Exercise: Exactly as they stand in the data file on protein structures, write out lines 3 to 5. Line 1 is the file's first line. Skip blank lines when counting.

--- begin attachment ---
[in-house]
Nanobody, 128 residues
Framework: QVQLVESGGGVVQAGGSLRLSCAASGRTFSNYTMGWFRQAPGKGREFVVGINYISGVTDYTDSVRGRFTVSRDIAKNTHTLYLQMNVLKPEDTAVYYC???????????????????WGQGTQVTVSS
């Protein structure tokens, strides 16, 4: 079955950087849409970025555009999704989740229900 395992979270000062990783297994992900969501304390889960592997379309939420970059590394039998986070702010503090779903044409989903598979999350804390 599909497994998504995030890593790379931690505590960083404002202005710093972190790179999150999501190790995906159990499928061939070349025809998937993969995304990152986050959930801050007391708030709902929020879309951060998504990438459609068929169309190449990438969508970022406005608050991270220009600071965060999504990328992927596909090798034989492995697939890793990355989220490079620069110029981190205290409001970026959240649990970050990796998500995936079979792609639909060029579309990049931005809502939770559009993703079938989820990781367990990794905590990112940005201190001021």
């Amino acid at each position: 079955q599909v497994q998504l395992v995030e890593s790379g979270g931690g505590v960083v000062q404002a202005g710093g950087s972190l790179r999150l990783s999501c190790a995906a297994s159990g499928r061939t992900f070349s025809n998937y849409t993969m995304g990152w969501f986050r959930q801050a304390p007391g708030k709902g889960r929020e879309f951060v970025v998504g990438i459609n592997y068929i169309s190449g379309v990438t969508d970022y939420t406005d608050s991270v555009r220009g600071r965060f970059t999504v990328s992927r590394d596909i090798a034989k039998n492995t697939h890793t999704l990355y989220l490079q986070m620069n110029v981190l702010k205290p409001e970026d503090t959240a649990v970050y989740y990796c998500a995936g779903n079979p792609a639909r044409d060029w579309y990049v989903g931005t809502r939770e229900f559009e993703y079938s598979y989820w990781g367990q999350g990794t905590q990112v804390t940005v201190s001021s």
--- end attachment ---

Framework: QVQLVESGGGVVQAGGSLRLSCAASGRTFSNYTMGWFRQAPGKGREFVVGINYISGVTDYTDSVRGRFTVSRDIAKNTHTLYLQMNVLKPEDTAVYYC???????????????????WGQGTQVTVSS
């Protein structure tokens, strides 16, 4: 079955950087849409970025555009999704989740229900 395992979270000062990783297994992900969501304390889960592997379309939420970059590394039998986070702010503090779903044409989903598979999350804390 599909497994998504995030890593790379931690505590960083404002202005710093972190790179999150999501190790995906159990499928061939070349025809998937993969995304990152986050959930801050007391708030709902929020879309951060998504990438459609068929169309190449990438969508970022406005608050991270220009600071965060999504990328992927596909090798034989492995697939890793990355989220490079620069110029981190205290409001970026959240649990970050990796998500995936079979792609639909060029579309990049931005809502939770559009993703079938989820990781367990990794905590990112940005201190001021």
């Amino acid at each position: 079955q599909v497994q998504l395992v995030e890593s790379g979270g931690g505590v960083v000062q404002a202005g710093g950087s972190l790179r999150l990783s999501c190790a995906a297994s159990g499928r061939t992900f070349s025809n998937y849409t993969m995304g990152w969501f986050r959930q801050a304390p007391g708030k709902g889960r929020e879309f951060v970025v998504g990438i459609n592997y068929i169309s190449g379309v990438t969508d970022y939420t406005d608050s991270v555009r220009g600071r965060f970059t999504v990328s992927r590394d596909i090798a034989k039998n492995t697939h890793t999704l990355y989220l490079q986070m620069n110029v981190l702010k205290p409001e970026d503090t959240a649990v970050y989740y990796c998500a995936g779903n079979p792609a639909r044409d060029w579309y990049v989903g931005t809502r939770e229900f559009e993703y079938s598979y989820w990781g367990q999350g990794t905590q990112v804390t940005v201190s001021s």